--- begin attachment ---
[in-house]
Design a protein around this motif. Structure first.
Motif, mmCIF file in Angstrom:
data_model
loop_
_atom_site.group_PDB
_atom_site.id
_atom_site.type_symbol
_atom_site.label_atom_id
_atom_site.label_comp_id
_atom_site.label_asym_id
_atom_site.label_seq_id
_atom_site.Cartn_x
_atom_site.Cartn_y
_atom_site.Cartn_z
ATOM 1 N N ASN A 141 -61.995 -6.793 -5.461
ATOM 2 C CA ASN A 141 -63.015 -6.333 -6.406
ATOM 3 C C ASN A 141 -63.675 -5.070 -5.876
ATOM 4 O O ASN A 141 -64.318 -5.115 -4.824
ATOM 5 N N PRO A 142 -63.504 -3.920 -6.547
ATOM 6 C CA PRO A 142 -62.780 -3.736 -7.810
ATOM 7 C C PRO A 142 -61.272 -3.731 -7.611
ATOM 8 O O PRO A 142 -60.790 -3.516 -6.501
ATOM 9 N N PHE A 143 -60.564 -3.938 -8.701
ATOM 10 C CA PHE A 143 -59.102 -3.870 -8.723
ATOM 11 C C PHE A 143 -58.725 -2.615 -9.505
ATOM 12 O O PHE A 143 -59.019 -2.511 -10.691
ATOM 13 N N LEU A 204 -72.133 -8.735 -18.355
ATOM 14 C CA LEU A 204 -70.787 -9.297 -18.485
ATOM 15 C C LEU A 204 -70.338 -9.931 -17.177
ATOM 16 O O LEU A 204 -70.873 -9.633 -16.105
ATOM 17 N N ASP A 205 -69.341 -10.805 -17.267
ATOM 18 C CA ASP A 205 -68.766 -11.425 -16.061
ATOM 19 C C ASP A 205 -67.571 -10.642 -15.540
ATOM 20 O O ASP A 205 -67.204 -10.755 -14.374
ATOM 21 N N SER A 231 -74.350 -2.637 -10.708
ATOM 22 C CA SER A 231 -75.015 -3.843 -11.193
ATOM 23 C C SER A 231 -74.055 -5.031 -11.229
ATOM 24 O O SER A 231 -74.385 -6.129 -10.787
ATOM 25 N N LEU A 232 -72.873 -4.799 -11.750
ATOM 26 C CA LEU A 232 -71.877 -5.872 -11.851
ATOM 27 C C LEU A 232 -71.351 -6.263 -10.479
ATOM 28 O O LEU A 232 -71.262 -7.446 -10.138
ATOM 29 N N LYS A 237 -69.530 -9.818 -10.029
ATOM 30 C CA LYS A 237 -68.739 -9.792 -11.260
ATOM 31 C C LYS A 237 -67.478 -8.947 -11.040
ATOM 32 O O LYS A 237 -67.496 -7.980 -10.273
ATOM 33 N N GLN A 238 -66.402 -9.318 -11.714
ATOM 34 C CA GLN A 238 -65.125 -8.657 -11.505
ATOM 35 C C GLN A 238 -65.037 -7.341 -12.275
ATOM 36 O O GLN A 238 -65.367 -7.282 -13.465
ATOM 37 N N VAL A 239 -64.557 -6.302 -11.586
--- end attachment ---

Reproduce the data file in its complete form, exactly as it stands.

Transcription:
[in-house]
Design a protein around this motif. Structure first.
Motif, mmCIF file in Angstrom:
data_model
loop_
_atom_site.group_PDB
_atom_site.id
_atom_site.type_symbol
_atom_site.label_atom_id
_atom_site.label_comp_id
_atom_site.label_asym_id
_atom_site.label_seq_id
_atom_site.Cartn_x
_atom_site.Cartn_y
_atom_site.Cartn_z
ATOM 1 N N ASN A 141 -61.995 -6.793 -5.461
ATOM 2 C CA ASN A 141 -63.015 -6.333 -6.406
ATOM 3 C C ASN A 141 -63.675 -5.070 -5.876
ATOM 4 O O ASN A 141 -64.318 -5.115 -4.824
ATOM 5 N N PRO A 142 -63.504 -3.920 -6.547
ATOM 6 C CA PRO A 142 -62.780 -3.736 -7.810
ATOM 7 C C PRO A 142 -61.272 -3.731 -7.611
ATOM 8 O O PRO A 142 -60.790 -3.516 -6.501
ATOM 9 N N PHE A 143 -60.564 -3.938 -8.701
ATOM 10 C CA PHE A 143 -59.102 -3.870 -8.723
ATOM 11 C C PHE A 143 -58.725 -2.615 -9.505
ATOM 12 O O PHE A 143 -59.019 -2.511 -10.691
ATOM 13 N N LEU A 204 -72.133 -8.735 -18.355
ATOM 14 C CA LEU A 204 -70.787 -9.297 -18.485
ATOM 15 C C LEU A 204 -70.338 -9.931 -17.177
ATOM 16 O O LEU A 204 -70.873 -9.633 -16.105
ATOM 17 N N ASP A 205 -69.341 -10.805 -17.267
ATOM 18 C CA ASP A 205 -68.766 -11.425 -16.061
ATOM 19 C C ASP A 205 -67.571 -10.642 -15.540
ATOM 20 O O ASP A 205 -67.204 -10.755 -14.374
ATOM 21 N N SER A 231 -74.350 -2.637 -10.708
ATOM 22 C CA SER A 231 -75.015 -3.843 -11.193
ATOM 23 C C SER A 231 -74.055 -5.031 -11.229
ATOM 24 O O SER A 231 -74.385 -6.129 -10.787
ATOM 25 N N LEU A 232 -72.873 -4.799 -11.750
ATOM 26 C CA LEU A 232 -71.877 -5.872 -11.851
ATOM 27 C C LEU A 232 -71.351 -6.263 -10.479
ATOM 28 O O LEU A 232 -71.262 -7.446 -10.138
ATOM 29 N N LYS A 237 -69.530 -9.818 -10.029
ATOM 30 C CA LYS A 237 -68.739 -9.792 -11.260
ATOM 31 C C LYS A 237 -67.478 -8.947 -11.040
ATOM 32 O O LYS A 237 -67.496 -7.980 -10.273
ATOM 33 N N GLN A 238 -66.402 -9.318 -11.714
ATOM 34 C CA GLN A 238 -65.125 -8.657 -11.505
ATOM 35 C C GLN A 238 -65.037 -7.341 -12.275
ATOM 36 O O GLN A 238 -65.367 -7.282 -13.465
ATOM 37 N N VAL A 239 -64.557 -6.302 -11.586